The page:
During the last school year, Laurence oversaw innovation and learning for Paly, including as a member of the school's Challenge Success committee, which aimed to move a school culture away from grades and test scores and toward balance and wellness.

She also oversaw Paly's "learning strands" — monthly meetings for teachers who lead professional learning for other teachers.

Among Laurence's top goals at Gunn: continuing teachers' professional training and supporting an initiative intended to improve education for students at all levels. New techniques in the first "tier" of the initiative include untimed tests (to assess what students have learned, not how quickly they can take a test) and allowing students to use notes during tests. Tiers two and three would introduce more specialized supports for struggling students.

The tiered approach, she said, is simply a more systematic approach to "good teaching for all students."

Laurence is a strong believer in the school's pilot social-emotional learning program, which Gunn rolled out this fall with all freshmen. Groups of 20 to 24 freshmen are meeting weekly in a new "Social Emotional Literacy and Functionality" (SELF) advisory class with a teacher-mentor, who will be their adviser for all four years of high school. The program is a preventative effort to instill life skills in students, from interpersonal to coping strategies, and to build small, tight-knit communities within a large school.

Laurence said that the social-emotional learning effort remains critical after last week's student death by suicide.

She used a common metaphor to describe the school's different tiers of mental health support: a lake that runs into a rapidly flowing stream and then a turbulent waterfall. The goal is to support all students in the lake through efforts like the social-emotional learning program to prevent them from floating into the stream, where they might need more intensive support, and ultimately from a crisis that could send them over the waterfall. After years with students near the waterfall, the district has improved its support for students in crisis but less so for those still swimming in the lake, she said.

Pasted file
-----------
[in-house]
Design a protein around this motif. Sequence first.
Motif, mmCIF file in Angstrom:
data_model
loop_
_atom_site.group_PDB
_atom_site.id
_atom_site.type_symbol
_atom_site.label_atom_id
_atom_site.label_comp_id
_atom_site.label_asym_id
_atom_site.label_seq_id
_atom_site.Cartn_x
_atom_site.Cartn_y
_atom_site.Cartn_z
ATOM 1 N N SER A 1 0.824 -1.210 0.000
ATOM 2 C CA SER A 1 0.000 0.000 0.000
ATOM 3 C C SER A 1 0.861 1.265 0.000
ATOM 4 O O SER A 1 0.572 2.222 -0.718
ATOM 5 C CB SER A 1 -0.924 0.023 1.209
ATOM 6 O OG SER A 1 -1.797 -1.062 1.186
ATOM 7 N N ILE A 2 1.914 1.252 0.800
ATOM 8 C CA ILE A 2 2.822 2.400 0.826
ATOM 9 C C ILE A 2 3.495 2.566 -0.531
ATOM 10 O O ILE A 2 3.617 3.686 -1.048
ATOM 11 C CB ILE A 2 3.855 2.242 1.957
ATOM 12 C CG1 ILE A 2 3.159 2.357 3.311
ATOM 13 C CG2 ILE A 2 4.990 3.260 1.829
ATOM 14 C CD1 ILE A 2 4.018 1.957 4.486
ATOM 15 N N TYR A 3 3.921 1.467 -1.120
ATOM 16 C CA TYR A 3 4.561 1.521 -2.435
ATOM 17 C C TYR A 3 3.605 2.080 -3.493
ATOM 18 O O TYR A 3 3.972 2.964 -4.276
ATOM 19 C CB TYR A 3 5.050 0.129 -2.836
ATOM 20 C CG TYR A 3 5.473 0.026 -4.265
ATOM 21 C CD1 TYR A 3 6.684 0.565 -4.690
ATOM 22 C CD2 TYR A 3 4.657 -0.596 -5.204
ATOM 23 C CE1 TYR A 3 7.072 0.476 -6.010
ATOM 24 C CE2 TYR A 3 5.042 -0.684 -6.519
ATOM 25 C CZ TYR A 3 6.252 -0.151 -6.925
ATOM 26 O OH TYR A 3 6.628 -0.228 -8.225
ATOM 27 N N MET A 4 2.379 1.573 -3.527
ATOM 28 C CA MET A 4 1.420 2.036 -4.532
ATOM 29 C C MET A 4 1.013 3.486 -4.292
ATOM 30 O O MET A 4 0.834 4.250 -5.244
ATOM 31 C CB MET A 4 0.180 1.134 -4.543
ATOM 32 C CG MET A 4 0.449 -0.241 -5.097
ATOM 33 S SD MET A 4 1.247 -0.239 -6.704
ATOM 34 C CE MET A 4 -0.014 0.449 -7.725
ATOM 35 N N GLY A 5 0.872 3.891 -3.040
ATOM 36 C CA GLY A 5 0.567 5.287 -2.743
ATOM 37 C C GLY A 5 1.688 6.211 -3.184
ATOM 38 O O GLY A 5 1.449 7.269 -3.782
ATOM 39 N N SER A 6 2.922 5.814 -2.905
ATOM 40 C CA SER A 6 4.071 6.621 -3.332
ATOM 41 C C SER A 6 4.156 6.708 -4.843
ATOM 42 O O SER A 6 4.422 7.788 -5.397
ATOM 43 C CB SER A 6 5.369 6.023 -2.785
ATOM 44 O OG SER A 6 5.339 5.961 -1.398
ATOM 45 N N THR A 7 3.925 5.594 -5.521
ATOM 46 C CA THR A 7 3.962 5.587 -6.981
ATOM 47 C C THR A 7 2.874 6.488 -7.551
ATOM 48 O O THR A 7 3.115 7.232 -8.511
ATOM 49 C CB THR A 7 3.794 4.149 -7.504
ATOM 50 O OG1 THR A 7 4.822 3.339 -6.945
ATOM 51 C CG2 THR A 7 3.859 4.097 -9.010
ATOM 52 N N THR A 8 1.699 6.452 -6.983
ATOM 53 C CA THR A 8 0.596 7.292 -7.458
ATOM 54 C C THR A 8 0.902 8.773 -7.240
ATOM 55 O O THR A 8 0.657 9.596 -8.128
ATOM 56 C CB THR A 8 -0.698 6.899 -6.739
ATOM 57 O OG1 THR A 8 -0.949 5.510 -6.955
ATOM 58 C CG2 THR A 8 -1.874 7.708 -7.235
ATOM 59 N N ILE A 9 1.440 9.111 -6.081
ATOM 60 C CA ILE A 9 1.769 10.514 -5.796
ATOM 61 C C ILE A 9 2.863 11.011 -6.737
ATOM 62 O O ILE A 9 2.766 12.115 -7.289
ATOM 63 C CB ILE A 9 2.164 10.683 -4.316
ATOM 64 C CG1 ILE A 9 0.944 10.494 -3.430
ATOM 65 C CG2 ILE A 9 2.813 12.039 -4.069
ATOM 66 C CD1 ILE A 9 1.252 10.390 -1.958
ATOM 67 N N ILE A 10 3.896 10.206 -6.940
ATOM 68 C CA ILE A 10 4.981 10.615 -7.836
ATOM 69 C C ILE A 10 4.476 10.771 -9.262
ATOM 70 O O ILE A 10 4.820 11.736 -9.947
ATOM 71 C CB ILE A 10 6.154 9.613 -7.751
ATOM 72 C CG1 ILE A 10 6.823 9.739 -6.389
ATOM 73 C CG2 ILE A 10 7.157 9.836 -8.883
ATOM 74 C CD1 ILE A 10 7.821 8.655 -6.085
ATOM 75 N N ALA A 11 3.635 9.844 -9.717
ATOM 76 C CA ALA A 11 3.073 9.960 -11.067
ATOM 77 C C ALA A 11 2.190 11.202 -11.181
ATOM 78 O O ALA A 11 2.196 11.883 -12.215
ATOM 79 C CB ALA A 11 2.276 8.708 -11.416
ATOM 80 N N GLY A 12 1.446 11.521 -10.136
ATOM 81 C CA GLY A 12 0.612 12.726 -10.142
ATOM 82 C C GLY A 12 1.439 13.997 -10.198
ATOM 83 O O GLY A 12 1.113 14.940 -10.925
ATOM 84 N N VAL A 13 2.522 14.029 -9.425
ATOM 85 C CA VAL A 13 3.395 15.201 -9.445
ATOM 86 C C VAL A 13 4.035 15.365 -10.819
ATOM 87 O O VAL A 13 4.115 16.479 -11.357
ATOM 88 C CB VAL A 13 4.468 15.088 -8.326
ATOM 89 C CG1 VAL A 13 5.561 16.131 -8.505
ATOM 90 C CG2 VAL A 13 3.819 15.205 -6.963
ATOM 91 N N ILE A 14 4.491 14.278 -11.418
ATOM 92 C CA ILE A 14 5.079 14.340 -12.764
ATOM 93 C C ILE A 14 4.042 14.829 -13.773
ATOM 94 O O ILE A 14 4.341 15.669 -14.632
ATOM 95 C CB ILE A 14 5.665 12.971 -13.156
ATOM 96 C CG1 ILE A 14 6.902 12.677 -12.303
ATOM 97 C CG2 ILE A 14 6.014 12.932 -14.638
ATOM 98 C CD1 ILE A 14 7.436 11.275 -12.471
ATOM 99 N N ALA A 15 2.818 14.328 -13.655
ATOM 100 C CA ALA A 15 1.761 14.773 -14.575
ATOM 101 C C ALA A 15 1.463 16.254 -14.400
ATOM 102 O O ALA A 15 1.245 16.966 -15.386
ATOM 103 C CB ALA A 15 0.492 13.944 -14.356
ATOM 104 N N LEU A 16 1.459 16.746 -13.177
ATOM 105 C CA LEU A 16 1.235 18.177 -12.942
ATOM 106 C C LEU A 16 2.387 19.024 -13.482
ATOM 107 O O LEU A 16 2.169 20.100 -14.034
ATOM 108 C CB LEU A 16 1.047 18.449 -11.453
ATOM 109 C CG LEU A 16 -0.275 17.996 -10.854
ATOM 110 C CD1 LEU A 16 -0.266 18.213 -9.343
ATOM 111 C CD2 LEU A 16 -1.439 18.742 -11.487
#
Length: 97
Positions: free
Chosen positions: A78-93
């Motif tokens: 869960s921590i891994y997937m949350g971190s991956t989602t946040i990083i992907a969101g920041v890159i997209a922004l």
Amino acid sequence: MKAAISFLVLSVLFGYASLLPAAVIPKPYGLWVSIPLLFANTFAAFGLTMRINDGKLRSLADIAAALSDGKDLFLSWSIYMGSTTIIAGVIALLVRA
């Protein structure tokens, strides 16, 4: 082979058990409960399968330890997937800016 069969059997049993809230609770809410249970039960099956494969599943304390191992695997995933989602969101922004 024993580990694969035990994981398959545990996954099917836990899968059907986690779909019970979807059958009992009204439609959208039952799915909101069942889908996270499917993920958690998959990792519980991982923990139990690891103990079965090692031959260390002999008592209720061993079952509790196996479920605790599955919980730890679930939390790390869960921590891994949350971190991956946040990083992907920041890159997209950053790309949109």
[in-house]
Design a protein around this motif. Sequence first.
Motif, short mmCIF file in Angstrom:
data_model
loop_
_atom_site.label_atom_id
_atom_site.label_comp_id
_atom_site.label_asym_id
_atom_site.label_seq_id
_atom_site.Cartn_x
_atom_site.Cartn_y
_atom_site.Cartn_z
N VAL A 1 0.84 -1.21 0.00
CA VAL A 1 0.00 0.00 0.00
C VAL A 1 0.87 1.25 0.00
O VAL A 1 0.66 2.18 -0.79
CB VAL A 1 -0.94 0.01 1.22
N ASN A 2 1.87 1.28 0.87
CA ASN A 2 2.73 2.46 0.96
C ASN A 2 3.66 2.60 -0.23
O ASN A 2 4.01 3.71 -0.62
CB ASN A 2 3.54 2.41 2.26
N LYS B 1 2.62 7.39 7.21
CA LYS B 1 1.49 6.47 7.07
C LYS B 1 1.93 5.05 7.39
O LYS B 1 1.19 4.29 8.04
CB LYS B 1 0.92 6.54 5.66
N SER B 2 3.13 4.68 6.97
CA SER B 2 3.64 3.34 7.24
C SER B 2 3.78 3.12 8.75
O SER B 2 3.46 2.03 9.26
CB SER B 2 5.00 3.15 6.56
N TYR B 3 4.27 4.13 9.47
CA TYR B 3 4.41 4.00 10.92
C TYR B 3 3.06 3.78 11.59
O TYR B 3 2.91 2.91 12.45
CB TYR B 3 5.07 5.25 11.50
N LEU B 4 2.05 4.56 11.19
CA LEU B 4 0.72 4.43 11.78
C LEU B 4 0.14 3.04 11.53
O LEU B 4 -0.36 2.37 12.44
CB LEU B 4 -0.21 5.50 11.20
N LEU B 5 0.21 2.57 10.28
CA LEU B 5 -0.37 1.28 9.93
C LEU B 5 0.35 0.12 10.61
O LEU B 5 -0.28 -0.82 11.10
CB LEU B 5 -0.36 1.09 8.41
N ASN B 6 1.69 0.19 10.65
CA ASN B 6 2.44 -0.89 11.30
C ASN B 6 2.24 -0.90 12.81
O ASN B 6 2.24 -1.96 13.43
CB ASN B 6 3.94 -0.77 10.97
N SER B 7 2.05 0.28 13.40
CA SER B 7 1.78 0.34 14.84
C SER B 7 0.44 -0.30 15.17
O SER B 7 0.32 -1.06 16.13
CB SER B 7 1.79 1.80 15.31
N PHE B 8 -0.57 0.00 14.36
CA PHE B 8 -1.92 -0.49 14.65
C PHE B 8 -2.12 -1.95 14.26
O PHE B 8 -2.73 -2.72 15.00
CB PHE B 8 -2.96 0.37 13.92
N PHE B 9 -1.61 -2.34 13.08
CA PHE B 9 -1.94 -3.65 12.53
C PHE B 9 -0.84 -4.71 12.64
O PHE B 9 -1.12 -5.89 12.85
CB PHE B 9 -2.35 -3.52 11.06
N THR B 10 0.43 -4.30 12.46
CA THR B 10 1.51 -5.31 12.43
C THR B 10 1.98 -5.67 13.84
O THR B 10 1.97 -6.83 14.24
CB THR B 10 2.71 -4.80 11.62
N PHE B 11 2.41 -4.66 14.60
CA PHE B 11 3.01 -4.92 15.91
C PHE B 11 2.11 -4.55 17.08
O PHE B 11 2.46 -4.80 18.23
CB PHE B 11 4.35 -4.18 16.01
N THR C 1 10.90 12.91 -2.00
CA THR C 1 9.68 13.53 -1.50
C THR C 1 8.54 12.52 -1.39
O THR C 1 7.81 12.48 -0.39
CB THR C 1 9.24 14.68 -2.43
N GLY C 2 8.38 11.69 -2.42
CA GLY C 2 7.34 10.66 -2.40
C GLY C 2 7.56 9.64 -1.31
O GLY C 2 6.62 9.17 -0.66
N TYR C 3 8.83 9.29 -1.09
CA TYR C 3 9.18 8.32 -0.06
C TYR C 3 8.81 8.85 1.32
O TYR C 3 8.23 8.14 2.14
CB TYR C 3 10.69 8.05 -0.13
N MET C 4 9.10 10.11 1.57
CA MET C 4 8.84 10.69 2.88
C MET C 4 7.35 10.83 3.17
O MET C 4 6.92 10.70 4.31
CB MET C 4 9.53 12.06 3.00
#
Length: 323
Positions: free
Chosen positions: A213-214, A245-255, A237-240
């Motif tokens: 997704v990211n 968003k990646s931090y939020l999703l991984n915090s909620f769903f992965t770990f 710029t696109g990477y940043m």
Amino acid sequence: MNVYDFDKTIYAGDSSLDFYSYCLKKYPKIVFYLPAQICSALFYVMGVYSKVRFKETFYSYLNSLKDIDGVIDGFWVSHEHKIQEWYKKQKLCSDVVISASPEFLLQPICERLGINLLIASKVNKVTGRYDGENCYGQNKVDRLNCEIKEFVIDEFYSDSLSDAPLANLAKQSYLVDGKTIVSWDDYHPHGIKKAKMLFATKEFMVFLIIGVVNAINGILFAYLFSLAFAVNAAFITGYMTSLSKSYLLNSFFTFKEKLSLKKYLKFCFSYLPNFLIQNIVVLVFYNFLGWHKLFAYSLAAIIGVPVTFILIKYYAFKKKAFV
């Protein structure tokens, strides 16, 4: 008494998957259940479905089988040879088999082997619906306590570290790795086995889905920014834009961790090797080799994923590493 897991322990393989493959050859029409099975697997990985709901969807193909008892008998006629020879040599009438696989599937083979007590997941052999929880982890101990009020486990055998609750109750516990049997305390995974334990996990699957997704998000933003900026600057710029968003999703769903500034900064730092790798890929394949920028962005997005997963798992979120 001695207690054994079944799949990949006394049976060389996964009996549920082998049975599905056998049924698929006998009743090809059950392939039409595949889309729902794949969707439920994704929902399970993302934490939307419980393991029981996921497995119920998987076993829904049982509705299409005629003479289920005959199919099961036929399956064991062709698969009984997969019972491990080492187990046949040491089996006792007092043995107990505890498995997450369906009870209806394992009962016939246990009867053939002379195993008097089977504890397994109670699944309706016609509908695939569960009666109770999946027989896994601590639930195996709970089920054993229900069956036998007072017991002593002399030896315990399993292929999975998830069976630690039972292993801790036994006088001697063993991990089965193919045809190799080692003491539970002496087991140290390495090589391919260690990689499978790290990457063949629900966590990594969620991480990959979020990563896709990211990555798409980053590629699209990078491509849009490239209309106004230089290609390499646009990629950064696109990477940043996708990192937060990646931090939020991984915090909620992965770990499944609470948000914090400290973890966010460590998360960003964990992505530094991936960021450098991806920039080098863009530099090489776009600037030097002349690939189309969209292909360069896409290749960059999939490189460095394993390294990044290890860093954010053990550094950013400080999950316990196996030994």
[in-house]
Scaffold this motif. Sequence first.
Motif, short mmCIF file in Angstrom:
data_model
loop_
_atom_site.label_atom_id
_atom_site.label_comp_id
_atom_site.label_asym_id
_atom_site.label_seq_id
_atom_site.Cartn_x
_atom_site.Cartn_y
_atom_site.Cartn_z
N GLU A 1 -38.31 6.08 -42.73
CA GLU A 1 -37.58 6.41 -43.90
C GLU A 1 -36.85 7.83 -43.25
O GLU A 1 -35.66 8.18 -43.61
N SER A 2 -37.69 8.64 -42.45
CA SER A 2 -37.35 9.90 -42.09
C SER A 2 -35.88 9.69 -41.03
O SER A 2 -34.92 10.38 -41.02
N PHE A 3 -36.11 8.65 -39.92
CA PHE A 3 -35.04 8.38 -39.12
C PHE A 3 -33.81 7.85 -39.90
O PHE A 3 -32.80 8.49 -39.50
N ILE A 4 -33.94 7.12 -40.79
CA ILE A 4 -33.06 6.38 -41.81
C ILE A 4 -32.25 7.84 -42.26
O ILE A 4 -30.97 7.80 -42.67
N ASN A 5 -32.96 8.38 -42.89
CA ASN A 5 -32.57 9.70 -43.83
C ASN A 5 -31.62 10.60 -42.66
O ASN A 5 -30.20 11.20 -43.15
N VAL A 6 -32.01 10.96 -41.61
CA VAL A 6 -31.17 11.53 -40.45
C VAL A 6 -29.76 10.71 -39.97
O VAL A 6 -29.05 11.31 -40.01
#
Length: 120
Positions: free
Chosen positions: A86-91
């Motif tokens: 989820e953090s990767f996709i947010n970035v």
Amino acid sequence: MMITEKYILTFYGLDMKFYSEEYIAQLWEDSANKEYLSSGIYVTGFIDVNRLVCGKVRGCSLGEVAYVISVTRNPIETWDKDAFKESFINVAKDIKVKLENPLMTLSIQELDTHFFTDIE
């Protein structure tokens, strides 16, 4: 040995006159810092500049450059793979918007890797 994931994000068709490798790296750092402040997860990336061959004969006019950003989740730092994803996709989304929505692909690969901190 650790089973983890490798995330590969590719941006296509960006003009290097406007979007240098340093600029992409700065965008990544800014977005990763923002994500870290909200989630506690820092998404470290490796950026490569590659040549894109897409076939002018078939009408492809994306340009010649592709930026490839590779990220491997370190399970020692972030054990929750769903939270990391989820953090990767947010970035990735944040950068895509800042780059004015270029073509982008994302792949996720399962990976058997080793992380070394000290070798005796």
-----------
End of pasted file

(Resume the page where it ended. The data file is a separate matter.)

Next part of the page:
"That's really the next place to focus," she said. "I still feel that our most important thing is working on that upstream work because it provides students and staff with tools to help them manage emotions and experiences that may be challenging for them.

"It doesn't get rid of the stream and it doesn't get rid of the crisis of the waterfall, but the reality is the more we can do in that upstream part, the fewer (crises) we hope to have."

For many Palo Alto students, whose lives are "well-managed" and often focused on academic accolades, Laurence hopes the new social-emotional learning curriculum will help them foster more dialogue and empathy.

"I think in our country right now there's way too much debate focused on winning. We as a school, as a society ... need to be more focused on dialogue, which is seeking to understand as opposed to 'I have to win this argument,'" Laurence said.